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What’s the difference between cava and champagne? I found out during a visit to Vilarnau Cavas

Dec 10, 14 What’s the difference between cava and champagne? I found out during a visit to Vilarnau Cavas

Posted by in All, Spain

The world of sparkling wine is many and varied and although I have largely confined myself to the pleasures of champagne, sometimes you have to get out of your comfort zone. So I was game to visit the cava producer Vilarnau whilst I am spending time here in Barcelona. Cava has recently overtaken both champagne and prosecco in the UK marketplace so they must be doing something right. And so, Vilarnau was my first stop in discovering the world of cava. The Vilarnau winery is situated in the heart of Penedes, right outside the town of Sant Sadurni, a short 40 minute train ride from central Barcelona. The winery sits on rolling hills with the mountains of Montserrat as a backdrop to the vines. The day I visited it was a blustery day so we had a clear view of the mountains. Vilarnau was bought by Gonzalez Byass in 1982 and with the considerable resources that GB has, they have completely modernized Vilarnau. The new winery was inaugurated in 2005 and with the help of automation and a robotic ‘helper’ by the name of Manuelito (more on him later) they are able to produce 1.2 million bottles of cava a year with only a staff of 13 and they are considered a medium sized producer. Pretty impressive. One of the two enologists of the winery, Eva Plazas Torné was my guide for the afternoon. Eva first started by telling me about the differences and similarities between cava and champagen. I was keen to know as cava is made in  the traditional methode. Firstly, there are 3 main varieties in cava – xarello, macabeo and parellada. However, they are also allowed to use subirat parent (an old variety that was used in the past and similar to malvasia) chardonnay and pinot noir and for the rosés, they can use indigenous grapes – trapat, monestrell and garnatxa as well as pinot noir. Like champagne,the wine goes through 2 fermentations, the first usually in tank, the second in the...

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Debut of the Bruno Paillard Blanc de Blanc Grand Cru 2002

Jun 12, 13 Debut of the Bruno Paillard Blanc de Blanc Grand Cru 2002

Posted by in Champagne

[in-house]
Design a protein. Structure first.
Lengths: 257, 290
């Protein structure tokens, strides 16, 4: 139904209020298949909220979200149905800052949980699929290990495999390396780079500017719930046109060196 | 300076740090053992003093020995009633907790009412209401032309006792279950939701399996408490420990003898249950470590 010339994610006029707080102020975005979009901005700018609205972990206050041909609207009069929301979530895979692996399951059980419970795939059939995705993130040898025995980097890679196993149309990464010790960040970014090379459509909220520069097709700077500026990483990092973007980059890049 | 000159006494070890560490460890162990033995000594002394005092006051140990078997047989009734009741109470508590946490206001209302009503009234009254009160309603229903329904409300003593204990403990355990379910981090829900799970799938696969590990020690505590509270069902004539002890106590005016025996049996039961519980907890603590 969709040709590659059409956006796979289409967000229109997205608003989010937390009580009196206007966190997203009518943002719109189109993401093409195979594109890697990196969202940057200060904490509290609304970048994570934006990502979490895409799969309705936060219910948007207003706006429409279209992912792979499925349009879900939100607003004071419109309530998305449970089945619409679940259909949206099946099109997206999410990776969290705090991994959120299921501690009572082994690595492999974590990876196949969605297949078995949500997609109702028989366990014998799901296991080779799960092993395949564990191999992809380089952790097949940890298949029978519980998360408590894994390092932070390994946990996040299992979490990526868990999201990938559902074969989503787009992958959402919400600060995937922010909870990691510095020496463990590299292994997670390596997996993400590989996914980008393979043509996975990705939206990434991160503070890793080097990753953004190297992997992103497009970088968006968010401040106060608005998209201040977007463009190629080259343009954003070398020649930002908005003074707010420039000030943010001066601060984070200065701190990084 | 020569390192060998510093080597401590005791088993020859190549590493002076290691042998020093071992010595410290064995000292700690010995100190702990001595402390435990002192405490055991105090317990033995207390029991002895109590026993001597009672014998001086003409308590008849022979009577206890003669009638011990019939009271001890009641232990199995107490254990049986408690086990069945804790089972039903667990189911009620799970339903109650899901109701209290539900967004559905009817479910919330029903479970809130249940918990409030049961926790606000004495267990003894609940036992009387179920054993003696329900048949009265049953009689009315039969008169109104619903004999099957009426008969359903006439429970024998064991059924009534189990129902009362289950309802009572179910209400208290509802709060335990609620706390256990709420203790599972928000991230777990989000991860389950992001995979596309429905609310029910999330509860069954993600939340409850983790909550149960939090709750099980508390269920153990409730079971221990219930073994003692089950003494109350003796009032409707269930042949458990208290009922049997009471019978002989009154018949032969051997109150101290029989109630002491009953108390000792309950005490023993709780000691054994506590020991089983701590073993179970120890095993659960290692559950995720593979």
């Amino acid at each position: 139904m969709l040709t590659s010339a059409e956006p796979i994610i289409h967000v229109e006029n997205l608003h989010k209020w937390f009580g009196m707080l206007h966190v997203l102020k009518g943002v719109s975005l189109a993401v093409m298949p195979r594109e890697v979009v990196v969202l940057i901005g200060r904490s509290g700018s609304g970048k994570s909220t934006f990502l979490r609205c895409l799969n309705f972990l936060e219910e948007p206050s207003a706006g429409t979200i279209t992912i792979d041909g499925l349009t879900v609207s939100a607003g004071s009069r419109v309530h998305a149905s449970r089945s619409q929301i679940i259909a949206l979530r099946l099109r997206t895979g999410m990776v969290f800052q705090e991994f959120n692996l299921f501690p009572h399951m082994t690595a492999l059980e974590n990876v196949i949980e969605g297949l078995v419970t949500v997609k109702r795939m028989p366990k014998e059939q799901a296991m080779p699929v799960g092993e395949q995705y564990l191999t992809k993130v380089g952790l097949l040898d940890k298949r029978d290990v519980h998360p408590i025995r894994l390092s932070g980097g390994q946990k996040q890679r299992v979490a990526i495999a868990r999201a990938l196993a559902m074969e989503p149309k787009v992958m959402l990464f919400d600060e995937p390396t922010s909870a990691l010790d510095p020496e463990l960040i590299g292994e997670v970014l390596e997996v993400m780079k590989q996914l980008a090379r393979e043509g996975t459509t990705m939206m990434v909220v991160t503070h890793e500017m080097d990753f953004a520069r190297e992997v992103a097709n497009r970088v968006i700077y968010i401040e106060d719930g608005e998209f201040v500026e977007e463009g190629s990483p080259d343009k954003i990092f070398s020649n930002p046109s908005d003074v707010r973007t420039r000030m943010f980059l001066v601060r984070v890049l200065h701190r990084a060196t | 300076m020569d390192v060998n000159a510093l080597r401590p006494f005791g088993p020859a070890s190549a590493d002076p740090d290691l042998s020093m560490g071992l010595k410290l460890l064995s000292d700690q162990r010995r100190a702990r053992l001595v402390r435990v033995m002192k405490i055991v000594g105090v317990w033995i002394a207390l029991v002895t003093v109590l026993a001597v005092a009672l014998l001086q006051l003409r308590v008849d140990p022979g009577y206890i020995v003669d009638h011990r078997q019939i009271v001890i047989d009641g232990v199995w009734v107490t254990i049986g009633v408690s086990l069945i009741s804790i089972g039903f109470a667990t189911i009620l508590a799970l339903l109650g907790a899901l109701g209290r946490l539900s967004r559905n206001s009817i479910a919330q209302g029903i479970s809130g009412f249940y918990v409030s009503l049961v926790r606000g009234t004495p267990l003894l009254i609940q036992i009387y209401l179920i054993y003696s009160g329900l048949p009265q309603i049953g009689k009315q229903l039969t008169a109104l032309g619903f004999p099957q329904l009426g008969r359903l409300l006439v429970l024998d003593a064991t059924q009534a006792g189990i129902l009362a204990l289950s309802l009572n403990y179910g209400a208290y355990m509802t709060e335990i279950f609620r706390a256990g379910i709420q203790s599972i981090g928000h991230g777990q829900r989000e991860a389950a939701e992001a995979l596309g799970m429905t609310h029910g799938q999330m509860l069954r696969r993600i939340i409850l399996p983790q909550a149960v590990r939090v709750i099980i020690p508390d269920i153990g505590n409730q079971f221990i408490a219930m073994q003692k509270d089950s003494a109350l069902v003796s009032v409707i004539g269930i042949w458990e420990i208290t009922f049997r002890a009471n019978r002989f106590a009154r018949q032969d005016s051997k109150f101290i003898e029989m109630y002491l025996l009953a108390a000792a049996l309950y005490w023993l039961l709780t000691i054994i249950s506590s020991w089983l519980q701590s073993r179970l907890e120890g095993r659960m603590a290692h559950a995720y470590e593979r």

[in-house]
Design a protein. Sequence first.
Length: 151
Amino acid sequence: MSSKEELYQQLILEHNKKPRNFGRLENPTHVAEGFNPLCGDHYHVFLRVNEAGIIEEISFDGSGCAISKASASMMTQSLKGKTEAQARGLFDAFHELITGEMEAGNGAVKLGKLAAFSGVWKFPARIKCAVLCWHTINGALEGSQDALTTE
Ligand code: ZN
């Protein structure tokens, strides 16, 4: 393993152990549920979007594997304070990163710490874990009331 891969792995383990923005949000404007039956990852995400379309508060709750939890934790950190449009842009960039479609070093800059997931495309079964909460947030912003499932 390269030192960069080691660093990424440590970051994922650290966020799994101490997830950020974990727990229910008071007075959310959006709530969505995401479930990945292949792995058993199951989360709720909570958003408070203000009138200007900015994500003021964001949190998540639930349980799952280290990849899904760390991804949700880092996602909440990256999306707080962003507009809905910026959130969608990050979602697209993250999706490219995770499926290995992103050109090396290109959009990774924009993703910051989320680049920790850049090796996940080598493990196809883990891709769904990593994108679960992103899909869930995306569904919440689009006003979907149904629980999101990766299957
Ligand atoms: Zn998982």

More champagne today. As Liberace said, “Too much of a good thing is wonderful…”  (I just saw “Behind the Candelabra” – good movie but didn’t knock my socks off. And that is the end of my film critic career…) ANYWAY, back to the more important stuff…It’s that time of year when the champagne houses release their vintages and Alice  Paillard was in London last week to introduce the Bruno Paillard Blanc de Blanc Grande Cru 2002 and it’s brand new label. Sitting with Alice and listening her speak so passionately about her family’s champagnes is infectious. Describing the champagnes, she really showed the care and detail that goes into all of them, not just the Blanc de Blanc. They age their wines until they feel they are ready, they want to show the style of  the vintages, which helps explain why they are just now releasing the 2002 when most of the other major houses have long ago released theirs. The 2002 Blanc de blanc Grand Cru was a surprise – still very taut and zinging with minerality, it has a floral quality to it. The grapes come the first pressing of 2 Cotes de Blancs Grand Cru – Oger and Le Mesnil-sur-Oger and have spent over 10 years on their lees. Alice said that she and her father, Bruno, differed on this champagne, he thinks it’s pretty and floral and in her opinion, it’s a vertiginous champagne, it has a fine structure -she sees it as a champagne of geometry (I think her father is the romantic in the family and she’s the pragmatist). Drinking it, I could appreciate both their points of view. A very pretty nose, full of floral qualities but totally different on the palate – a champagne that does indeed have structure or better yet, for me, it had many different layers. The more I drank, the more I discovered. We had a starter of cured salmon, avocado, crab and orange slices with the B de B 2002 which...